How to Read a Clinical Trial Paper:
A Lesson in Basic Trial Statistics
Shail M. Govani, MD, MSc, and Peter D. R. Higgins, MD, PhD, MSc
Dr. Govani is a Fellow and Dr. Higgins is an Assistant Professor of Internal Medicine, both in the Division of Gastroenterology of the Department of Internal Medicine at the University of Michigan in Ann Arbor, Michigan.
Address correspondence to: Dr. Peter D. R. Higgins, 1150 W. Medical Center Drive, SPC 5682, Ann Arbor, MI 48109; Tel: 734-647-2964; Fax: 734-763-2535; E-mail: firstname.lastname@example.org
Abstract: While the number of clinical trials performed yearly is increasing, the application of these results to individual patients is quite difficult. This article reviews key portions of the process of applying research results to clinical practice. The first step involves defining the study population and determining whether these patients are similar to the patients seen in clinical practice in terms of demographics, disease type, and disease severity. The dropout rate should be compared between the different study arms. Design aspects, including randomization and blinding, should be checked for signs of bias. When comparing studies, clinicians should be aware that the outcomes being studied may vary greatly from one study to another, and some outcomes are much more reliable and valuable than others. The definition of clinical response should also be scrutinized, as it may be too lenient. Surrogate outcomes should be viewed cautiously, and their use should be well justified. Clinicians should also note that statistical significance, as defined by a P-value cutoff, may be the result of a large sample size rather than a clinically significant difference. The treatment effect can be estimated by calculating the number needed to treat, which will demonstrate whether changes in clinical practice are worthwhile. Finally, this article discusses some common issues that can arise with figures.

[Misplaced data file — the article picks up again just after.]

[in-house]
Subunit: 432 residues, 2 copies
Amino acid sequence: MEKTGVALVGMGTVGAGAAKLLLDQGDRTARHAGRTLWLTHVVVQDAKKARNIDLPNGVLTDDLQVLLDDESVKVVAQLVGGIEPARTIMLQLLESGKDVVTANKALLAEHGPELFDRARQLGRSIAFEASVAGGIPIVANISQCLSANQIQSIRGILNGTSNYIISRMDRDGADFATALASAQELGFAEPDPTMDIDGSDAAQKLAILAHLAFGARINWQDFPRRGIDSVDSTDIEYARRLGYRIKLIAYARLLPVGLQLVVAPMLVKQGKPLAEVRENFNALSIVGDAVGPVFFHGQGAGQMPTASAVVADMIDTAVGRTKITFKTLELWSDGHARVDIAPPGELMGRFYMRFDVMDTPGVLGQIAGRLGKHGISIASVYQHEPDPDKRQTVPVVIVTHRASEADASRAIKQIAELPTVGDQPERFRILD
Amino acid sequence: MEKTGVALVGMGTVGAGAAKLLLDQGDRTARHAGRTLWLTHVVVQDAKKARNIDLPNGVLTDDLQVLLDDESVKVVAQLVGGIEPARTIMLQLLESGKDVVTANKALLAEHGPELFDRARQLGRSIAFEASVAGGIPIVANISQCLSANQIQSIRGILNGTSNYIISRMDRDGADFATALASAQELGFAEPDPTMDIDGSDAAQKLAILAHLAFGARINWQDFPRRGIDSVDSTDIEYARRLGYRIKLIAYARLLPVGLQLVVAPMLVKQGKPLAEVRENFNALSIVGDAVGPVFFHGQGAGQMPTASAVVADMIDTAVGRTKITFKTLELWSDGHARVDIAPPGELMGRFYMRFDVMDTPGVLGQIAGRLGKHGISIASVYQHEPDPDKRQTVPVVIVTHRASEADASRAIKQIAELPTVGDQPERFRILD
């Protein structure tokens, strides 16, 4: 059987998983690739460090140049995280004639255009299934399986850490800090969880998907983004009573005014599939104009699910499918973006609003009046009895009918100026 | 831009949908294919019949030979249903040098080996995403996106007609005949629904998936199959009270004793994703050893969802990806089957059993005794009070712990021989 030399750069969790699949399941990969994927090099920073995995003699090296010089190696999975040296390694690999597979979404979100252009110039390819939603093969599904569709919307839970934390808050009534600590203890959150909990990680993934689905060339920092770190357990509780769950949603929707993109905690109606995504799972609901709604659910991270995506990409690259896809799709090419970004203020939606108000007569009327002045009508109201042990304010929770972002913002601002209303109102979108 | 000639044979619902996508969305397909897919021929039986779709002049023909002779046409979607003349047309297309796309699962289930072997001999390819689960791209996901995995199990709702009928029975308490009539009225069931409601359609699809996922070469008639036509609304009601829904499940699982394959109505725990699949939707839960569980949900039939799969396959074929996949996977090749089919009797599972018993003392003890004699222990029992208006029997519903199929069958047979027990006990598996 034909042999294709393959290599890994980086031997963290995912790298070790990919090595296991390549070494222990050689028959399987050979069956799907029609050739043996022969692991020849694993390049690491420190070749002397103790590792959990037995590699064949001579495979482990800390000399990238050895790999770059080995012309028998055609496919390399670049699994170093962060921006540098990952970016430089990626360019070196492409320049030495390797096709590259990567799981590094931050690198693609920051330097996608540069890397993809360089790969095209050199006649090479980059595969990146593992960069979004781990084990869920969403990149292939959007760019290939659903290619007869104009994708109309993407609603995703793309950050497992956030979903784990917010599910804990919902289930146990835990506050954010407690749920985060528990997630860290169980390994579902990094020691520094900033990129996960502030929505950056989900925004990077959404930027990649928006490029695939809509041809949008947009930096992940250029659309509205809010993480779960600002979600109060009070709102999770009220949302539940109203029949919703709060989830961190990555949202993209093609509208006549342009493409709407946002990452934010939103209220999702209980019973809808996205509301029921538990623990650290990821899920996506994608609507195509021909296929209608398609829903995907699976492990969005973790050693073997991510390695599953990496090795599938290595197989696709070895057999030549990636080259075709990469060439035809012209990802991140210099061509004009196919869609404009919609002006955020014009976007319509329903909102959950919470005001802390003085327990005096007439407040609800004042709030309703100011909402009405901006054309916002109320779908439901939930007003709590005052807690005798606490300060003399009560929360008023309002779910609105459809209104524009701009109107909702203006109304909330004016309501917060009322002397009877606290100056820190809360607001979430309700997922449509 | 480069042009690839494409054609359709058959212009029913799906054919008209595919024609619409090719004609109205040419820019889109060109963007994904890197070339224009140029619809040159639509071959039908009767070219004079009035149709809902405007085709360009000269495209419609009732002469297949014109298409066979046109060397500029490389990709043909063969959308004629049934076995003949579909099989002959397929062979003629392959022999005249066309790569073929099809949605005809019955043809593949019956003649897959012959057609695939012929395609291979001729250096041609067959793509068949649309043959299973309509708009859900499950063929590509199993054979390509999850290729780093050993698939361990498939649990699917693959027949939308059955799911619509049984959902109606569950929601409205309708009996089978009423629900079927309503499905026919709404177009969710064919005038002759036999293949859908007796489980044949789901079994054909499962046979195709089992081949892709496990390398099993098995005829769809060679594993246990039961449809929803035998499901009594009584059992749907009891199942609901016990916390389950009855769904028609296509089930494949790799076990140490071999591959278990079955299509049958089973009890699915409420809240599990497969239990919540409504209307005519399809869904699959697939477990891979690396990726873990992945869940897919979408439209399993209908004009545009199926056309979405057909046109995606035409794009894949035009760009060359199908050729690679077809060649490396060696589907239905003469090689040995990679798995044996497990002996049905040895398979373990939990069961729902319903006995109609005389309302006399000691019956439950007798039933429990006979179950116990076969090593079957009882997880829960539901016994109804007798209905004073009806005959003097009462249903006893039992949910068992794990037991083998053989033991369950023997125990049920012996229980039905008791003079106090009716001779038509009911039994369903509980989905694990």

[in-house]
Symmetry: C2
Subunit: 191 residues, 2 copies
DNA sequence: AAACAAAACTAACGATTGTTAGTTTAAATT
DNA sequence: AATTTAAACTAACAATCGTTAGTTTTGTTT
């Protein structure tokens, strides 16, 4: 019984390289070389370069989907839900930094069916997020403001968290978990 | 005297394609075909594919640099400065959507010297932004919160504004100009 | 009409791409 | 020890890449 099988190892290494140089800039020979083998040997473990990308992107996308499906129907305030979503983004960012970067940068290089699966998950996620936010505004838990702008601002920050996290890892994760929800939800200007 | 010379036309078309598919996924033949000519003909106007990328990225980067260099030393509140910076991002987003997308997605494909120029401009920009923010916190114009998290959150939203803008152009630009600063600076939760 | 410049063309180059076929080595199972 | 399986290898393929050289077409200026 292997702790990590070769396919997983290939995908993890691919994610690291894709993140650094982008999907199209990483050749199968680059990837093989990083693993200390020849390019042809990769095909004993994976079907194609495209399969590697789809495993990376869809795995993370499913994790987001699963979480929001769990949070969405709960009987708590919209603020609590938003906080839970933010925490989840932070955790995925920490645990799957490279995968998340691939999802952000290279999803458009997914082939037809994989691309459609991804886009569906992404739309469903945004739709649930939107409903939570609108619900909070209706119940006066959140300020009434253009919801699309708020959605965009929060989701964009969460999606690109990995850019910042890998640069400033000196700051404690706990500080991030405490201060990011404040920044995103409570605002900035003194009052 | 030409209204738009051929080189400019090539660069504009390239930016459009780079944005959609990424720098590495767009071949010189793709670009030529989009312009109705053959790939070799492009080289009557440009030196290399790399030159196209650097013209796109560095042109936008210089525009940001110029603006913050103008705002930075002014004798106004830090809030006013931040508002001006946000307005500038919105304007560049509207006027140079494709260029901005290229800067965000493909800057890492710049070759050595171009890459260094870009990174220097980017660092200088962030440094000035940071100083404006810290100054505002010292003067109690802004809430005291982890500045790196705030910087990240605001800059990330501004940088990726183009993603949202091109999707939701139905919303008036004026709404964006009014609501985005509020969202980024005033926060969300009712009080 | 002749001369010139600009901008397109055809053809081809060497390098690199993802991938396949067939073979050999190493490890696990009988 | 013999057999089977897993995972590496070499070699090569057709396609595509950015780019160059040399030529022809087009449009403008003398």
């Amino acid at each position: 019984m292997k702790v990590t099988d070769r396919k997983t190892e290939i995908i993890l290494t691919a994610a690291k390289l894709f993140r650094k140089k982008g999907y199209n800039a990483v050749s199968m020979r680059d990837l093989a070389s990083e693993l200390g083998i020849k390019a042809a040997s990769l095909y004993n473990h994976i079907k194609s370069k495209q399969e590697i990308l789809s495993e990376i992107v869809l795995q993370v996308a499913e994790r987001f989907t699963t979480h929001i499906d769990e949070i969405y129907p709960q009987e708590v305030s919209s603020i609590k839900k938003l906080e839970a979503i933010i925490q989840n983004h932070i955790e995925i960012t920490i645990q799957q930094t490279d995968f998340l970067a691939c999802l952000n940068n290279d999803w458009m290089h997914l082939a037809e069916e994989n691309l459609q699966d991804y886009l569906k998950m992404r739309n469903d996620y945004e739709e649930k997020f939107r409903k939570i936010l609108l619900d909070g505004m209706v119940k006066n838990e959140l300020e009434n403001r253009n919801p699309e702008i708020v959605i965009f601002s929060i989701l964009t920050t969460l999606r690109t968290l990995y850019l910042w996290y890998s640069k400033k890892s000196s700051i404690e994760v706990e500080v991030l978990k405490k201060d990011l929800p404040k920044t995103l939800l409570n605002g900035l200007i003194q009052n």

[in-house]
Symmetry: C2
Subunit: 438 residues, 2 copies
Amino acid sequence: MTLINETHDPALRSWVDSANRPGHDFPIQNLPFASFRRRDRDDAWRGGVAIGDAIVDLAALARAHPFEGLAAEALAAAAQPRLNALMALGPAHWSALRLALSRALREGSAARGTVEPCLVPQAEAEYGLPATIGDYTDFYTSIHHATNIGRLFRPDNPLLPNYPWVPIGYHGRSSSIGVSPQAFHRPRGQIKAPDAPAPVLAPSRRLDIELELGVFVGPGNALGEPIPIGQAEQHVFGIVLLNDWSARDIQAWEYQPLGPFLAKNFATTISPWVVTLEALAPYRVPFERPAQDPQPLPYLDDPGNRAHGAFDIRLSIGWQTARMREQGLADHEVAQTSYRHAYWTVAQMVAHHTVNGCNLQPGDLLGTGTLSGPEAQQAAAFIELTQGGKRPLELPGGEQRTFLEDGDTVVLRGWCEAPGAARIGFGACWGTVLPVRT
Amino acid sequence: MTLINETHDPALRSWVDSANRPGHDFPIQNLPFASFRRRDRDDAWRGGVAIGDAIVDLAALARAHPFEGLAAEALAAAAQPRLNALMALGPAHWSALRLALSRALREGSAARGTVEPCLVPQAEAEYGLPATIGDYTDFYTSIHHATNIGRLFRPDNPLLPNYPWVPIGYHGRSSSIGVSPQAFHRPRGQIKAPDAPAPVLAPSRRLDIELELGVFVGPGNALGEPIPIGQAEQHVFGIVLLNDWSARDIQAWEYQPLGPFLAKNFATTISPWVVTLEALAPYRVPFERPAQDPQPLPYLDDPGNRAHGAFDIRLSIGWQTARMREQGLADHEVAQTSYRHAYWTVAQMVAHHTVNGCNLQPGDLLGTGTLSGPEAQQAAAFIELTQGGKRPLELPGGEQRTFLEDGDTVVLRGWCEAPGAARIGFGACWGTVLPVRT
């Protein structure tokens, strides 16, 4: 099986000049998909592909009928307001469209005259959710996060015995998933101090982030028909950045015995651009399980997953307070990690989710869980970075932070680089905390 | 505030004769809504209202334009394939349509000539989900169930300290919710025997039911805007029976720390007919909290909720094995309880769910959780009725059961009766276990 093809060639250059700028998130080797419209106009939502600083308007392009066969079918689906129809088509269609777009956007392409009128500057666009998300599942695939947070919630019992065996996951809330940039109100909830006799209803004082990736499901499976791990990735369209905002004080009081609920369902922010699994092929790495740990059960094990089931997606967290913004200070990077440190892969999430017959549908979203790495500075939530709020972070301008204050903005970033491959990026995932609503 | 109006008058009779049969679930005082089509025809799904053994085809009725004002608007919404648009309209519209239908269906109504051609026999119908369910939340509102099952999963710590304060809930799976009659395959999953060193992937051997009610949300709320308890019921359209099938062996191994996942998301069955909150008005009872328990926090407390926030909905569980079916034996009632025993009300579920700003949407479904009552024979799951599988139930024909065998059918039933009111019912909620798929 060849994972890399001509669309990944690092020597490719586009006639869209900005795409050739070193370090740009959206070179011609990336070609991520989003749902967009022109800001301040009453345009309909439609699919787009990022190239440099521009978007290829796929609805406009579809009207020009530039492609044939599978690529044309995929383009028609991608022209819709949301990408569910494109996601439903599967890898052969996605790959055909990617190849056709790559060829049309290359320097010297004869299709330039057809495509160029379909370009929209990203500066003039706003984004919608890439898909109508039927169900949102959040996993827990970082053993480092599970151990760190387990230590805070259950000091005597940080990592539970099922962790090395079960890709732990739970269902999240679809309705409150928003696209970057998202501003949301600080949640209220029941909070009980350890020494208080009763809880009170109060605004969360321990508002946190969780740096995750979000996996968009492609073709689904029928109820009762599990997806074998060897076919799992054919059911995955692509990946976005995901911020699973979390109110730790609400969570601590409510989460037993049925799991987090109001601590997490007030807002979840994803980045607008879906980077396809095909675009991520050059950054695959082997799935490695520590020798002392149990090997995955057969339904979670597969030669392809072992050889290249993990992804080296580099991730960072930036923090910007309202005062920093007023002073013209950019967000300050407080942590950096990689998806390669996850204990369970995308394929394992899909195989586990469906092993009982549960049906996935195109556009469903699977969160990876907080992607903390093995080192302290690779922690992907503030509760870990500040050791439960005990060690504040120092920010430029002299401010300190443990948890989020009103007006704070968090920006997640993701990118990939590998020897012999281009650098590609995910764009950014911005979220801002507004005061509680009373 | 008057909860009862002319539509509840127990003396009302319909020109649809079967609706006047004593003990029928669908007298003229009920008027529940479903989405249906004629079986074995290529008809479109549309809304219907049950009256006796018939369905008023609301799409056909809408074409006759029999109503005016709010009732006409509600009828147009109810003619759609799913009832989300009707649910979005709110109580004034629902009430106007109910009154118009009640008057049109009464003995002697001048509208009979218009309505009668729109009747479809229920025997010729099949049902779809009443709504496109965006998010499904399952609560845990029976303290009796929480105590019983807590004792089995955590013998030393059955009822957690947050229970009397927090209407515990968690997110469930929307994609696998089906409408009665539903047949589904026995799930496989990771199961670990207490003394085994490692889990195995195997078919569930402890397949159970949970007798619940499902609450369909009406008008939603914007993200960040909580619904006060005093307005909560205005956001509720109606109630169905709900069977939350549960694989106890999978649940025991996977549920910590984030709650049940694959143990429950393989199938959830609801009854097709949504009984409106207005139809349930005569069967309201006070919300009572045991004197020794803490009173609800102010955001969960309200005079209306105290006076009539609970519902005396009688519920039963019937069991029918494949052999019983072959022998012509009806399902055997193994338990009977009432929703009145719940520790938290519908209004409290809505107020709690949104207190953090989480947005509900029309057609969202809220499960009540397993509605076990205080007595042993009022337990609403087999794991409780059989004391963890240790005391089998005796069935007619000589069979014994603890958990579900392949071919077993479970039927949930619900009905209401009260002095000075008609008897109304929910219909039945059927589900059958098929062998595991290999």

In the last decade, the number of publications dedicated to research in gastroenterology has expanded dramatically.1 In parallel, the number of clinical trials has been increasing, with more than 18,000 ongoing clinical trials in the United States alone.2 With this rapid growth in research, clinicians find themselves trying to keep up with wave after wave of studies and trying to determine how these studies apply to their patients. As researchers learn more about disease processes, clinical trial design is also changing and becoming more complex. Medical school and subsequent clinical training provide limited education on how to evaluate these studies and incorporate their results into practice. Thus, this article will review some important concepts in the evaluation of therapeutic trials.
Are These Subjects Like My Patients?
The first step in the process of reviewing a trial should involve determining whether the subjects in the study are representative of the patients a clinician sees in his or her practice. Were the study subjects sicker, or did they have more complicated disease? Did they fail more prior medications, or did they have longer disease durations? Patients who enroll in clinical trials are usually different from the average patient with a particular disease. This trend has been well studied in oncology studies and is also a factor in gastroenterology clinical trials.3 Compared to the average patient, study subjects often have a longer duration of disease, more complications, more active disease, and more previous medication failures.
Recruitment methods also influence the make-up of the study population and can lead to different response rates. This effect was demonstrated in a mock irritable bowel syndrome (IBS) study in which 3 patient samples were recruited and then examined.4 One sample was recruited from a primary care practice in the United Kingdom, another was recruited from gastroenterologists’ offices in the United States, and the third was recruited by newspaper advertisement in the United States. These 3 samples had significant clinical and demographic differences (Table 1).